The ‘fun’ of traveling with Fido
Heather Loenser, DVM, knows first-hand the joys and challenges of traveling with her dog. She and her family recently adopted a year-old Border collie named Calvin.
“As a new dog in our house, Calvin is experiencing some separation anxiety, so we don’t want to board him or leave him with a pet sitter,” Dr. Loenser explained. “Even though he suffers from car sickness, when the family goes on vacation, Calvin comes with us.”
Dr. Loenser is often called upon to help her clients prepare for vacations with their dogs. Her top five travel tips are:
Consider car safety
When it comes to car trips, practice safety first. In some states, it is illegal for dogs to ride unrestrained in a vehicle. The Center for Pet Safety tests vehicle restraints for dogs; their recommendations can be found at http://www.centerforpetsafety.org.
Be a considerate guest
Whether at a pet-friendly hotel or at the in-laws’ house, not everyone will love your dog as much as you do. Make sure your dog is well-groomed and don’t forget canine etiquette. A quick refresher course in the basics commands: sit, down, stay, quiet and come will help make your dog welcome wherever you go.
Take first aid on the road
Accidents happen; be prepared with a mobile app offered by the American Red Cross. It contains veterinary advice for everyday emergencies, interactive features and a locator for American Animal Hospital Association-accredited hospitals across the nation. Download the app at: http://www.redcross.org/mobile-apps/pet-first-aid-app.
Avoid dietary changes
Stay as close to your dog’s regular feeding schedule as possible and avoid giving extra treats or different types of foods that may upset their stomach. Dr. Loenser suggests giving regular meals in a food dispensing toy, which will also help use up some stored energy from the trip.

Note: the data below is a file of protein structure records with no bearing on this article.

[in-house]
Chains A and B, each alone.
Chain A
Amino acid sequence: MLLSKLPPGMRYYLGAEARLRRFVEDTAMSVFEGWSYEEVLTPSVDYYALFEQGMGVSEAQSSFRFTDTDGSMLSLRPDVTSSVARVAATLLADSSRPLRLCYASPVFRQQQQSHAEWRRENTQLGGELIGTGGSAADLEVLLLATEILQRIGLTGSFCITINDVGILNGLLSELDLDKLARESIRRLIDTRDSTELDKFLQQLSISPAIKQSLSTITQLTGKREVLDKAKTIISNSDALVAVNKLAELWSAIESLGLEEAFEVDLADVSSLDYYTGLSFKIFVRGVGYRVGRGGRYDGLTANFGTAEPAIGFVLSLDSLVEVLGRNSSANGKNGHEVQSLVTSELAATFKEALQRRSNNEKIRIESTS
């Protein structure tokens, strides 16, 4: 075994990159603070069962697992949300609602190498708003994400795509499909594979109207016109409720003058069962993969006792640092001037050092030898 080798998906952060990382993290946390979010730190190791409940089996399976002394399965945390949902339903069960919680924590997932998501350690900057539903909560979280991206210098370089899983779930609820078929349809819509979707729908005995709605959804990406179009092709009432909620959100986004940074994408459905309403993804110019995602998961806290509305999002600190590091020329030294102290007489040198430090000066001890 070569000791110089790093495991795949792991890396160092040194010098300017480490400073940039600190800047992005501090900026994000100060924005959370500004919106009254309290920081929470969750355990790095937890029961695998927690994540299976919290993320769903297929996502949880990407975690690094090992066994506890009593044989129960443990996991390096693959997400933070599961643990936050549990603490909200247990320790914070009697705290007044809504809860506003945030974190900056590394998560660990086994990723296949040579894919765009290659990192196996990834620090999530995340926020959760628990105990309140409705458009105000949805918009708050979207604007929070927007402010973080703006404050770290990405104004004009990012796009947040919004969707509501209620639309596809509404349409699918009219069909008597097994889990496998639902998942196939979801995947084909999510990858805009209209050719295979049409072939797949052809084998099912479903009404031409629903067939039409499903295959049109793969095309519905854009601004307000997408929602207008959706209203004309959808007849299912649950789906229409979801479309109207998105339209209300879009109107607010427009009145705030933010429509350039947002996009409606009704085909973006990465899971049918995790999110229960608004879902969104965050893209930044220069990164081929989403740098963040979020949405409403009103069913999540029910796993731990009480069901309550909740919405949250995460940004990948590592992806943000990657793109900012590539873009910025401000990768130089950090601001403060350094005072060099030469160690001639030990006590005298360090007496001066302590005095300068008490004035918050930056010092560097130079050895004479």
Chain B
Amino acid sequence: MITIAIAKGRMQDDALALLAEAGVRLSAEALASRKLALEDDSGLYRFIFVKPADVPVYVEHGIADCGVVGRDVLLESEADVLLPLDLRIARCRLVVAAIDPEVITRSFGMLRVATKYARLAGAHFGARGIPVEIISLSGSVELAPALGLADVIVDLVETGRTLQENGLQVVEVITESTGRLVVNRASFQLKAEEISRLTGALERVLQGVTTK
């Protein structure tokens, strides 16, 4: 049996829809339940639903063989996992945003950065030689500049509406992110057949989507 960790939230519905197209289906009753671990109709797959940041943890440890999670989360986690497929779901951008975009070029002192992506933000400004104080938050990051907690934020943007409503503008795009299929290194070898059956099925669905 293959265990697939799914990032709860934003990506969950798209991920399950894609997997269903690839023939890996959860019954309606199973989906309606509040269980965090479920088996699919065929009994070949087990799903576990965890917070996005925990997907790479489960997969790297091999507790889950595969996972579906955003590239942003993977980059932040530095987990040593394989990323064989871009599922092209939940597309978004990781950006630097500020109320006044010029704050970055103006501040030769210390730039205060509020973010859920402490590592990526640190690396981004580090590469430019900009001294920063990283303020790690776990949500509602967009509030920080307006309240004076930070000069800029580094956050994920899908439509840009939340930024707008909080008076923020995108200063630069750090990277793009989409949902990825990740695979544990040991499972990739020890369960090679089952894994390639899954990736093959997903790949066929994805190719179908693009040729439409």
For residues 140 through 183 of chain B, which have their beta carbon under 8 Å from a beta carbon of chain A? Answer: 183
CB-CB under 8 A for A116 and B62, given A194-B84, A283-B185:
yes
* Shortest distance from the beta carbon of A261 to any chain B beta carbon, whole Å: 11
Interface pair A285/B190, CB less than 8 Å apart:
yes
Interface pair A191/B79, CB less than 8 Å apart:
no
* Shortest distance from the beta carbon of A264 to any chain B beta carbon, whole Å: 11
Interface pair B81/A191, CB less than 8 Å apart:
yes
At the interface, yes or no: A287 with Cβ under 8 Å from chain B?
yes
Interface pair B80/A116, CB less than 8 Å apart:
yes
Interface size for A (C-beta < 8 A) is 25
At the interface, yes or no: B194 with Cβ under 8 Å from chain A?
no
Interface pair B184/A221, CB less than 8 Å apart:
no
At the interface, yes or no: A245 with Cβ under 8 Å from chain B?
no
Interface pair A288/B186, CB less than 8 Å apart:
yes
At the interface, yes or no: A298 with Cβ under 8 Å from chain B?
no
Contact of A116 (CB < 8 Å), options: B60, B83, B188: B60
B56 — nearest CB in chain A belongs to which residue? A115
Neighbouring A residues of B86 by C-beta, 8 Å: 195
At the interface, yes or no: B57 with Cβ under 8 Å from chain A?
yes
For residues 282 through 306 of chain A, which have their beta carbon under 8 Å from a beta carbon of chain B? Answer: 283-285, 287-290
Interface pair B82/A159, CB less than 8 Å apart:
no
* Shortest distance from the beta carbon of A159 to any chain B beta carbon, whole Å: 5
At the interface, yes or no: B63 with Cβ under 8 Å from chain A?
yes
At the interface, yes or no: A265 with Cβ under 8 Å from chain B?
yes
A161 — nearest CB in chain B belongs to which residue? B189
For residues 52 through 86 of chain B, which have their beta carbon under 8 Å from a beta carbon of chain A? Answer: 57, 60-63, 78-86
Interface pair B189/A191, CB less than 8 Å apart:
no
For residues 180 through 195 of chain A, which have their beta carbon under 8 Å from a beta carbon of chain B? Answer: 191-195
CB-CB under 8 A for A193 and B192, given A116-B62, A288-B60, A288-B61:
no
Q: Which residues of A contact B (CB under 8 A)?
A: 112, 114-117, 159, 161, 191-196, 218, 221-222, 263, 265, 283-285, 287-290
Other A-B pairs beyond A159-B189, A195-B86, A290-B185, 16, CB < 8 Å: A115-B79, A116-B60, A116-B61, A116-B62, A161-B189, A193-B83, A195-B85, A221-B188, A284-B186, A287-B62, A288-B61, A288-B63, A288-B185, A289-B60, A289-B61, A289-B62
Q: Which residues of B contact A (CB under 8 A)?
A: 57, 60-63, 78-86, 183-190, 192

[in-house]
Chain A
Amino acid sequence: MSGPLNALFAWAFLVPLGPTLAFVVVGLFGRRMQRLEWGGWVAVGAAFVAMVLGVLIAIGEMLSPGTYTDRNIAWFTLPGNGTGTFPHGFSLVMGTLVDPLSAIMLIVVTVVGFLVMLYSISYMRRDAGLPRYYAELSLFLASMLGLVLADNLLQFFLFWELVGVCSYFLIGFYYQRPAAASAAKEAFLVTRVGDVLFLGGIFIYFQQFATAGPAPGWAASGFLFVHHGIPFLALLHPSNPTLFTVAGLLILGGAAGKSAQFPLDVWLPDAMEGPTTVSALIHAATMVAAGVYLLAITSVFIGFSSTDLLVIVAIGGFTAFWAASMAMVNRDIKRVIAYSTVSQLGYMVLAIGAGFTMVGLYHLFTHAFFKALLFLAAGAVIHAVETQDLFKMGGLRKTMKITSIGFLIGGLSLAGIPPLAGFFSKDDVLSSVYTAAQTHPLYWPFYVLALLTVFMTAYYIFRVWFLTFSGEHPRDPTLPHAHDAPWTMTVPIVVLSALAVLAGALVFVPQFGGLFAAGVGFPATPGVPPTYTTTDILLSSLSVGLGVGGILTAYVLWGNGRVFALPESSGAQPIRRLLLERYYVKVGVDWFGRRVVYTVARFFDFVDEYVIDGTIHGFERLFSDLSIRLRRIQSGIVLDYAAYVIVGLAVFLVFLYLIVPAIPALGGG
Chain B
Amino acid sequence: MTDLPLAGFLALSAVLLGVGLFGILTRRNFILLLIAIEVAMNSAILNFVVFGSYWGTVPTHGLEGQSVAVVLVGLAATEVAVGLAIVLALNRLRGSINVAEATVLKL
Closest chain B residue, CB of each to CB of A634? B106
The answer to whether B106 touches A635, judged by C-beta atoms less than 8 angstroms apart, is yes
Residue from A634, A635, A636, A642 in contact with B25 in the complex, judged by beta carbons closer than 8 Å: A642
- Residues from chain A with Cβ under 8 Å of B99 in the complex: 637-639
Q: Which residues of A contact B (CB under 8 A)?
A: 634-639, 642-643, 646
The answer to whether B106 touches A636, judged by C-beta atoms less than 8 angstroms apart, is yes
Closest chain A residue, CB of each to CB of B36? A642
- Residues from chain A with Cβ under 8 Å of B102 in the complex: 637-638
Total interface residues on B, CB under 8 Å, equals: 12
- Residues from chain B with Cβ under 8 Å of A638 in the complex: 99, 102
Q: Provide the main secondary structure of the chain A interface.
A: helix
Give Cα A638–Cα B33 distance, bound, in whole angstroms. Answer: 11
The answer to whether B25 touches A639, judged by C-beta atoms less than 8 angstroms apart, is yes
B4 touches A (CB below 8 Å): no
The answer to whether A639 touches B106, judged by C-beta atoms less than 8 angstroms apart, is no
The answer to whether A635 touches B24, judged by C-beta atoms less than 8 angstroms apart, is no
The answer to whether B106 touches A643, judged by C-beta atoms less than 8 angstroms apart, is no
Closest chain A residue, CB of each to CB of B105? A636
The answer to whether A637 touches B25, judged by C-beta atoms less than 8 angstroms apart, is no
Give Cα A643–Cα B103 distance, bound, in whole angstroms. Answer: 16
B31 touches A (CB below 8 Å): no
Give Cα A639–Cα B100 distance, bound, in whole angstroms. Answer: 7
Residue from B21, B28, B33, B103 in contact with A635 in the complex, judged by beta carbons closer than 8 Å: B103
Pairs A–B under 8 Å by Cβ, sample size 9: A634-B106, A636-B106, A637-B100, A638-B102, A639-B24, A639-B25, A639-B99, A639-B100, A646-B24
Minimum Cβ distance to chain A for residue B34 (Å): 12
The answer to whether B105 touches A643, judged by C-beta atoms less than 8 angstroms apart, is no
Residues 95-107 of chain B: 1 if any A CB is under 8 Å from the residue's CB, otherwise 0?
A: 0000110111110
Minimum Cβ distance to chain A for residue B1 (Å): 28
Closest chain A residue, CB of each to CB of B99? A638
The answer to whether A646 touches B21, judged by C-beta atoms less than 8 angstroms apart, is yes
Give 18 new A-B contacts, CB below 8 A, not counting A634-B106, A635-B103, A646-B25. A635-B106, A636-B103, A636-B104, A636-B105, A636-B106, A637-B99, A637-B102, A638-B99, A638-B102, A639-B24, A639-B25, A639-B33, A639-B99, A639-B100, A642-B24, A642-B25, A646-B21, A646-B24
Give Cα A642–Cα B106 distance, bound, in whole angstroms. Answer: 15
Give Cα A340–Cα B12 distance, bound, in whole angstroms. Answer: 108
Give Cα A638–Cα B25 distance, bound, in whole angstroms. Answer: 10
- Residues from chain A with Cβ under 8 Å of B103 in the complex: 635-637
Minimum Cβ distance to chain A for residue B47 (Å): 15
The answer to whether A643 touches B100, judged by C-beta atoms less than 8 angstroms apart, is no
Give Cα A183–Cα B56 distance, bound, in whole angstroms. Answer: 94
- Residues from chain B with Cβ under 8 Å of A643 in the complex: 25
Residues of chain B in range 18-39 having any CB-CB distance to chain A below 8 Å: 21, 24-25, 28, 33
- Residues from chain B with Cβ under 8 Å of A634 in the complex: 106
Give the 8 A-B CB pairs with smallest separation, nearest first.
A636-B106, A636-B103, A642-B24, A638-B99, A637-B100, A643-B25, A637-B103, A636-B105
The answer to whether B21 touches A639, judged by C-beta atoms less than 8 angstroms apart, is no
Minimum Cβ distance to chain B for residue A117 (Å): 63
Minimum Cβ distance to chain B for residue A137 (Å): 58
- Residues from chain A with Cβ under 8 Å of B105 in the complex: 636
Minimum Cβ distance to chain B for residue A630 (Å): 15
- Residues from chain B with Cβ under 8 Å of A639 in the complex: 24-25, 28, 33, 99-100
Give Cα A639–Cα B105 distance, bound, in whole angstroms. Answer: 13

Consult your veterinarian
One of the main reasons dogs get left behind is, like Calvin, they suffer from motion sickness. “My clients often try over-the-counter remedies first,” Dr. Loenser said. “However, OTC products are not very effective and have a sedative effect that can be unpleasant for the dog.”
“I prescribe an FDA approved medication for dogs called CERENIA® (maropitant citrate) to prevent vomiting due to motion sickness in my canine clients 16 weeks and older – and Calvin.” Dr. Loenser knows it is safe and effective because it’s the medicine she uses every day to prevent and treat other causes of vomiting in her patients. She advises dog owners to talk to their veterinarians who can help find a solution for their dogs’ car sickness. “When you think about it, taking your dog along on vacation can be less expensive than paying for a kennel or dog sitter. That leaves more to spend on fun activities to enjoy with your dog.”
IMPORTANT SAFETY INFORMATION:
Use CERENIA Tablets for acute vomiting in dogs 8 weeks and older, and for prevention of vomiting due to motion sickness in dogs 16 weeks and older. Safe use has not been evaluated in cats and dogs with gastrointestinal obstruction, or those that have ingested toxins. Use with caution in dogs with hepatic dysfunction. In people, topical exposure may elicit localized allergic skin reactions, and repeated or prolonged exposure may lead to skin sensitization. See full Prescribing Information; http://www.cerenia.com.
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